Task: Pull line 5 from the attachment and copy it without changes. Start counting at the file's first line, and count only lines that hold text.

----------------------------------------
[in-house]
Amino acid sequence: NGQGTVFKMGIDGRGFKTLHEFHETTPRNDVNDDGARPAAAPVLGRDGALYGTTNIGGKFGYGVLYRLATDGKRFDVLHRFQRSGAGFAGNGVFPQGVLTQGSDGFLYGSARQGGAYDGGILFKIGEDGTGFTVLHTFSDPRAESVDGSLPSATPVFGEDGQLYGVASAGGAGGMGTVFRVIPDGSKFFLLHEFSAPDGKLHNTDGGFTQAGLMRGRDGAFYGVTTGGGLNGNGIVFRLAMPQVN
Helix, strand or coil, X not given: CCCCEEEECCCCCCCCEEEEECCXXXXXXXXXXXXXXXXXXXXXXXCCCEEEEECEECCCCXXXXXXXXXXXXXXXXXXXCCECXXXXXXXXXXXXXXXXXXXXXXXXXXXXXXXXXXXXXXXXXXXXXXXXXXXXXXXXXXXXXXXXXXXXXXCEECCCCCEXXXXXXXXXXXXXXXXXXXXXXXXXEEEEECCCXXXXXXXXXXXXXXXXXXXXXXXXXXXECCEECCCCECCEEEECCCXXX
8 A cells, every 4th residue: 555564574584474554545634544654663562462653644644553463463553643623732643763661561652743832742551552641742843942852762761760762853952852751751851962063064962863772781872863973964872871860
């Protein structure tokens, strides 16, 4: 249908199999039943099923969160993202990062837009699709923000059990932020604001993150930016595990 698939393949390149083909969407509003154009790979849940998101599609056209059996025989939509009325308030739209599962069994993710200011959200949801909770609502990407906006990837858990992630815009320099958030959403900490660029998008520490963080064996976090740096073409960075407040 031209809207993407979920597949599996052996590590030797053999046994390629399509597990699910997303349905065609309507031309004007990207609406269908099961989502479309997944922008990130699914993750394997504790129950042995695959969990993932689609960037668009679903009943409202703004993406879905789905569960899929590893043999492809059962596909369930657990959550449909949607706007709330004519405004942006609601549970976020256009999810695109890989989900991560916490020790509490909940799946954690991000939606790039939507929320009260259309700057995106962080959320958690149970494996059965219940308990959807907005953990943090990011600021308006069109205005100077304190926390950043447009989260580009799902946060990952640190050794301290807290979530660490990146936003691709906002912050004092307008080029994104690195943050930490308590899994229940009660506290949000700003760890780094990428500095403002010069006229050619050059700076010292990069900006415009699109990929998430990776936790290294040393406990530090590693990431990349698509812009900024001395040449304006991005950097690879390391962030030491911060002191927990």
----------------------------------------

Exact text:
């Protein structure tokens, strides 16, 4: 249908199999039943099923969160993202990062837009699709923000059990932020604001993150930016595990 698939393949390149083909969407509003154009790979849940998101599609056209059996025989939509009325308030739209599962069994993710200011959200949801909770609502990407906006990837858990992630815009320099958030959403900490660029998008520490963080064996976090740096073409960075407040 031209809207993407979920597949599996052996590590030797053999046994390629399509597990699910997303349905065609309507031309004007990207609406269908099961989502479309997944922008990130699914993750394997504790129950042995695959969990993932689609960037668009679903009943409202703004993406879905789905569960899929590893043999492809059962596909369930657990959550449909949607706007709330004519405004942006609601549970976020256009999810695109890989989900991560916490020790509490909940799946954690991000939606790039939507929320009260259309700057995106962080959320958690149970494996059965219940308990959807907005953990943090990011600021308006069109205005100077304190926390950043447009989260580009799902946060990952640190050794301290807290979530660490990146936003691709906002912050004092307008080029994104690195943050930490308590899994229940009660506290949000700003760890780094990428500095403002010069006229050619050059700076010292990069900006415009699109990929998430990776936790290294040393406990530090590693990431990349698509812009900024001395040449304006991005950097690879390391962030030491911060002191927990």